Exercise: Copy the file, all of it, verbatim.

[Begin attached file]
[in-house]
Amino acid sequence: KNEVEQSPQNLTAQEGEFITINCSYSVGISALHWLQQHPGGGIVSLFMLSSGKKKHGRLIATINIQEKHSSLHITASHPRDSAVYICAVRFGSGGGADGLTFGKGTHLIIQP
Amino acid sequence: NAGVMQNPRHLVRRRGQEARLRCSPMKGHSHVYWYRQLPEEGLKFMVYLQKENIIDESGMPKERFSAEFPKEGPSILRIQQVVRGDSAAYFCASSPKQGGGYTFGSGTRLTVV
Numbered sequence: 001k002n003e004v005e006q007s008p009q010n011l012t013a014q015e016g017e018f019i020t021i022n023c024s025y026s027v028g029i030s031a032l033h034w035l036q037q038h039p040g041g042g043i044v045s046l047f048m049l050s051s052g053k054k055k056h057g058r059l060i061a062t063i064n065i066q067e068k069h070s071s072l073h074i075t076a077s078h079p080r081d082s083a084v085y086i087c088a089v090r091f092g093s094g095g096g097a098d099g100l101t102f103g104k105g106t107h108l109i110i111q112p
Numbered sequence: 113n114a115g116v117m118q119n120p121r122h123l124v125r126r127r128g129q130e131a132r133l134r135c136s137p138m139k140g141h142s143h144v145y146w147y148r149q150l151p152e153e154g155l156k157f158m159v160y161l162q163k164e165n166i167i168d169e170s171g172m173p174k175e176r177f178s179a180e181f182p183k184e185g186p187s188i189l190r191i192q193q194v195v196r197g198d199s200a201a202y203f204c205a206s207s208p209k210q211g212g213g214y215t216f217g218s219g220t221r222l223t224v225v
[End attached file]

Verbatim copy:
[in-house]
Amino acid sequence: KNEVEQSPQNLTAQEGEFITINCSYSVGISALHWLQQHPGGGIVSLFMLSSGKKKHGRLIATINIQEKHSSLHITASHPRDSAVYICAVRFGSGGGADGLTFGKGTHLIIQP
Amino acid sequence: NAGVMQNPRHLVRRRGQEARLRCSPMKGHSHVYWYRQLPEEGLKFMVYLQKENIIDESGMPKERFSAEFPKEGPSILRIQQVVRGDSAAYFCASSPKQGGGYTFGSGTRLTVV
Numbered sequence: 001k002n003e004v005e006q007s008p009q010n011l012t013a014q015e016g017e018f019i020t021i022n023c024s025y026s027v028g029i030s031a032l033h034w035l036q037q038h039p040g041g042g043i044v045s046l047f048m049l050s051s052g053k054k055k056h057g058r059l060i061a062t063i064n065i066q067e068k069h070s071s072l073h074i075t076a077s078h079p080r081d082s083a084v085y086i087c088a089v090r091f092g093s094g095g096g097a098d099g100l101t102f103g104k105g106t107h108l109i110i111q112p
Numbered sequence: 113n114a115g116v117m118q119n120p121r122h123l124v125r126r127r128g129q130e131a132r133l134r135c136s137p138m139k140g141h142s143h144v145y146w147y148r149q150l151p152e153e154g155l156k157f158m159v160y161l162q163k164e165n166i167i168d169e170s171g172m173p174k175e176r177f178s179a180e181f182p183k184e185g186p187s188i189l190r191i192q193q194v195v196r197g198d199s200a201a202y203f204c205a206s207s208p209k210q211g212g213g214y215t216f217g218s219g220t221r222l223t224v225v